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New Scientist International Edition

New Scientist International Edition 9-nov-19

New Scientist covers the latest developments in science and technology that will impact your world. New Scientist employs and commissions the best writers in their fields from all over the world. Our editorial team provide cutting-edge news, award-winning features and reports, written in concise and clear language that puts discoveries and advances in the context of everyday life today and in the future.

United Kingdom
New Scientist Ltd
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51 Numeri


2 minuti
return of hypnosis

DO YOU know what they call alternative medicine that’s been proved to work? Medicine. So says Tim Minchin in his poem “Storm”, in which he makes the case for evidence-led treatment. We have a long history of therapies that first seemed bananas, only to be proved marvellous medicine. In the 1980s, two Australian scientists showed that stomach ulcers were caused by bacteria, not stress. As a result, simple antibiotics could treat a problem once considered incurable. But the medical establishment took some persuading. The pair won a Nobel prize, for having the “tenacity to challenge the prevailing dogma”. Tenacity is just what is needed now, in identifying the place of hypnosis in mainstream medicine (see page 34). People are right to be sceptical, given its fantastical origins, but evidence is accumulating that hypnosis…

1 minuti
new scientist

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2 minuti
india chokes on dirty air

A SEVERE episode of smog in large parts of northern India has forced authorities to impose traffic restrictions, cancel dozens of flights and close primary schools. Levels of tiny particulate pollution, known as PM2.5, spiked over the weekend in the capital, Delhi, to more than 10 times safe limits. Such extreme pollution occurs every year in the region, usually between October and November, as a result of weakening winds, falling temperatures and farmers burning the stubble of crops. “You can almost count on something of this magnitude happening,” says Joshua Apte at the University of Texas at Austin. The current crisis isn’t even the worst India has suffered: in 2016, Delhi was hit by a week of smog. Agricultural fires were the single biggest cause of pollution in Delhi on Monday, contributing 38…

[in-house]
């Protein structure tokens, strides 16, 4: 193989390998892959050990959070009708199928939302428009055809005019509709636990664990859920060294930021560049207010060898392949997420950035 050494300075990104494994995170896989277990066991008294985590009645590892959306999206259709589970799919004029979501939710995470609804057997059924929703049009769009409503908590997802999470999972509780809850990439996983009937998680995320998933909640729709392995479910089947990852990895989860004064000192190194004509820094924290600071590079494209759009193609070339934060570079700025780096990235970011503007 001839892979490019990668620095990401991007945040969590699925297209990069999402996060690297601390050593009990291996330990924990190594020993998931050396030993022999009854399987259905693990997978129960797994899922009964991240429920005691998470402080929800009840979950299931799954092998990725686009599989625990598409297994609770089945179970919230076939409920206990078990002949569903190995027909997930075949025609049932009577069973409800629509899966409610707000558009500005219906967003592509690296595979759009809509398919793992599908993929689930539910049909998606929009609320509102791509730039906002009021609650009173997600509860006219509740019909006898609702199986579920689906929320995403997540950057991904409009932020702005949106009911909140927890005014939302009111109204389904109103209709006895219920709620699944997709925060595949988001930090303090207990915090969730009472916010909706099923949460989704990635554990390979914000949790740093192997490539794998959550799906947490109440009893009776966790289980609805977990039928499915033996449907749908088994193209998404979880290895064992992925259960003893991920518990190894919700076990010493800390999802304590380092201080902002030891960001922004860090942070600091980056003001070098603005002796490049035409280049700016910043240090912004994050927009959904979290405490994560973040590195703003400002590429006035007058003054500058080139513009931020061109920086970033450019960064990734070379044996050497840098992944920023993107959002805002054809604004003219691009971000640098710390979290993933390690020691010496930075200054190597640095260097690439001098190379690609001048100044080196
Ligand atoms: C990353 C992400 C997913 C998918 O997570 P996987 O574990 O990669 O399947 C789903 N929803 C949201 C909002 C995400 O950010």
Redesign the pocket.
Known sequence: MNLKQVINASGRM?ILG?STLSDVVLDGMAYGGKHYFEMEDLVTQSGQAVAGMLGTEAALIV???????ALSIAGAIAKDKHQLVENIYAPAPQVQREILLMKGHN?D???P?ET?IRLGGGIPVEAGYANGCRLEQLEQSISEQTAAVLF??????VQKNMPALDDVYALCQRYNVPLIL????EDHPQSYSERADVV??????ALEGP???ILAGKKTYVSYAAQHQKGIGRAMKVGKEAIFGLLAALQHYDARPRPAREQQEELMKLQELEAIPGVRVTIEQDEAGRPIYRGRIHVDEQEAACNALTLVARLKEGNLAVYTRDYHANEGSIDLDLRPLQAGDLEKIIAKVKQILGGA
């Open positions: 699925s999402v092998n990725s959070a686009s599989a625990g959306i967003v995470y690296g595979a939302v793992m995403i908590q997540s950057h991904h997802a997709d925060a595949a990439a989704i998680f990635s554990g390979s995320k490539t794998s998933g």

1 minuti
chemical lawsuit set to hit australia

UP TO 40,000 residents of towns contaminated with chemicals from firefighting foams are set to sue the Australian government, making it the biggest class action lawsuit in the country’s history. The chemicals, called PFAS (perfluoroalkyl and polyfluoroalkyl substances), were used in firefighting foams on military bases in the 1970s. They were phased out in Australia in 2004 after studies showed they tended to accumulate in people’s blood, but they are still found in some waterways used for drinking and agriculture. The lawsuit will argue that properties near the bases have lost value as a result. PFAS don’t easily break down. Studies in lab animals suggest that extended exposure to high levels of some may cause cancers, but it is still unclear how this translates to humans. The Australian government has warned people in some…

2 minuti
ancient european ape may have been first to walk on two legs

THE discovery of 11.6-million-yearold fossils in Europe suggests that the first apes to walk upright may have evolved there, not Africa. “These findings may revolutionise our view on human evolution,” says Madelaine Böhme at the University of Tübingen, Germany. Böhme and her colleagues discovered the fossils in a clay pit in Bavaria in southern Germany. They found 37 bones belonging to four individuals: an adult male, two adult females and a juvenile. They named the new species Danuvius guggenmosi. It was a small ape, weighing between 17 and 31 kilograms, and probably ate hard foods like nuts (Nature, DOI: 10.1038/s41586-019-1731-0). Surprisingly, its legs resemble those of humans. We can fully extend our knees, so our legs act like pillars directly under our bodies. Chimps can’t do this: when they stand on two…

2 minuti
many millions of pigs wiped out as african swine fever spreads

A QUARTER of the world’s domestic pigs have died this year as a virus rampages across Eurasia, and that may be just the start. Half the pigs in China – which last year numbered 440 million, some 50 per cent of the world’s pigs – have either died of African swine fever (ASF) or been killed to stamp out the virus. ASF comes from East Africa. In 2007, it reached Georgia in the Caucasus in contaminated meat, and in infected wild boar. Now, it is all over Russia and eastern Europe and infected wild boar have turned up as far west as Belgium. It is also spreading in east Asia, killing many pigs in Vietnam and elsewhere. ASF was spotted in China in August 2018. It is now in every province. The…